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Pvt. Alfred A. Saunders
Company K
14th New York Heavy Artillery
Volunteers


Camp Near Weldon rr
behind petirsburg Va. Sept. 10th 1864


Dear father & mother

            I now sit Down to answer your Kind letter of the 4th which i read this morning & was glad to hear you was all well as this Leaves me quite well at present & in good Spirits    i got a letter from george yesterday & answered it    he & family was well    there was a letter came here - Directed to Charly    you ought to put 1 ten cent stamp on & 1, 3 cent stamp    the 3 cent stamp pays the us postage & the ten cent syamp pays the confederate postage    you sent me the direction to Charly but I think that i had better tell you the Direction    it is co, E, 14th N.y. H. art. prison No 3 1st floor Danville, Va. flag of truce boat Via point look out prisoner of war    i would send it myself but i have not got the stamps So i shall have to send it back     but as it will come back Alraight it wont be delayed long   i am on fatigue to day so i have not long to write but i will write all i can    will you send me the utica morning herald or the weekly    one or the other for i do like to get a utica paper for it comes from home more than anything else    our co is getting bigger than it was for we have got some of the wounded boys of the 17th of june back again & some 6 or 7 of the boys that was detailed in alighter Battery & some more are comeing back just as i was writing these last few lines    there is three boys just come in    Will mother they say there is a jackas of a major in comand of our regt    our co Has been without a comissioned officers at all & been in comand of a orderly Sergt & a good one he is to    fannie wrote & wanted to know where that little orderly was    he was killed the 17th of june   Shot through the Head   then Corporal Charles E. Dority was promoted to orderlyship   he was shot through the brain the 25th of july by a sharp shooter & now learn William Warring is our orderly    he was promoted from a private by the co & a good one he is to   tell me how jake feels about patriotism now for i feel just patriotic enough to give the johnies thier independence & settle the thing right off for i dont belive in such warfare as this a lying still in camp 2 or 3 months, but they will do as they like, & no odds to me.   but I kind a want father to put in a Vote for Maclelan for my sake   so no more at present from your affectionate son   A Sanders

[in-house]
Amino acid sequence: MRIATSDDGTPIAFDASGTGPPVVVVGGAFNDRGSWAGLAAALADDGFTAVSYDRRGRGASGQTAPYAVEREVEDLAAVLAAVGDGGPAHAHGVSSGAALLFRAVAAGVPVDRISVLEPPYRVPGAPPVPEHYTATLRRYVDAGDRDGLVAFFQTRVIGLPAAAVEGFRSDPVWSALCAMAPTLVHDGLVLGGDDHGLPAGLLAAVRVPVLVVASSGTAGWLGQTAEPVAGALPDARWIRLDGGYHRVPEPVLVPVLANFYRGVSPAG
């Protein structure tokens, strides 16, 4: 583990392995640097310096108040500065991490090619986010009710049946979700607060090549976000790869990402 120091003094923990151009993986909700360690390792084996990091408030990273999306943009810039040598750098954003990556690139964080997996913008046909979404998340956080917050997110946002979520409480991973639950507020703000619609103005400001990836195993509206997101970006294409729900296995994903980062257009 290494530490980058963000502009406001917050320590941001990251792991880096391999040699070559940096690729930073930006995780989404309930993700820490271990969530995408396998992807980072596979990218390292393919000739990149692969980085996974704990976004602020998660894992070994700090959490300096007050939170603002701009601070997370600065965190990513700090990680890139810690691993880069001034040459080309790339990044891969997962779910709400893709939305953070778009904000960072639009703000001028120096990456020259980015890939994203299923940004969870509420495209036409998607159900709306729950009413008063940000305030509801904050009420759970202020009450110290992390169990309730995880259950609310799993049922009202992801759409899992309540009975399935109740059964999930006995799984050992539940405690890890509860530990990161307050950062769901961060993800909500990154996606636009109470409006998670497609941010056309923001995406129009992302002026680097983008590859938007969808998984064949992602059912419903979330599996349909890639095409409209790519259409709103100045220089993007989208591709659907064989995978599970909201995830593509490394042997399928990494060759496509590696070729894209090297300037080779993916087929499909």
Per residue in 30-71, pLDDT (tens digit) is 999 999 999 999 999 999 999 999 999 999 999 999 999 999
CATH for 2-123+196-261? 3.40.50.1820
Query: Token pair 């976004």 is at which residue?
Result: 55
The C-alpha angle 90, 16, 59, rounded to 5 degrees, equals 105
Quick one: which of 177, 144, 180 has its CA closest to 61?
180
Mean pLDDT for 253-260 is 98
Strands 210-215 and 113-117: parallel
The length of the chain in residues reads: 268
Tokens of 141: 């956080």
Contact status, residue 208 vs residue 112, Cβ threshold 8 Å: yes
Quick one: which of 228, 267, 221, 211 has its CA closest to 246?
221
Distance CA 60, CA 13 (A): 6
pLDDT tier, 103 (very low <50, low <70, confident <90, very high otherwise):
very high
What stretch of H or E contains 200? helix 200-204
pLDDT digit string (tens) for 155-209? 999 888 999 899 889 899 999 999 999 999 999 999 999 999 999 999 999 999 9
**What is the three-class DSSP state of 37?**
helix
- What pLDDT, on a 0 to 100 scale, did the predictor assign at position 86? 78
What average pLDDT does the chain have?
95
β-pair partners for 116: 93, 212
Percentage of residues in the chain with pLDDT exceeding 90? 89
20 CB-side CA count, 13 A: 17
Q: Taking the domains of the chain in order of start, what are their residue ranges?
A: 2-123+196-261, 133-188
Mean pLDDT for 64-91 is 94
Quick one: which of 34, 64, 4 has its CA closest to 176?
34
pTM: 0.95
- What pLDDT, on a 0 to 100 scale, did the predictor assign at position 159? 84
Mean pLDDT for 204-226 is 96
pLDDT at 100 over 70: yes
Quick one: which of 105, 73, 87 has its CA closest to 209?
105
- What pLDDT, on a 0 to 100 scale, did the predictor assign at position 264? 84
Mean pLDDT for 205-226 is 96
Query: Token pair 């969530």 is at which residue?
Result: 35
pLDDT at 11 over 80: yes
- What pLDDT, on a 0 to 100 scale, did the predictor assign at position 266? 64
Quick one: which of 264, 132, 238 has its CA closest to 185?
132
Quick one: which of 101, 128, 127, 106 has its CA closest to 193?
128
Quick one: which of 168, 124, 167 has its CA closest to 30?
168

back tell fannie i sent the letter



EDITOR'S NOTES: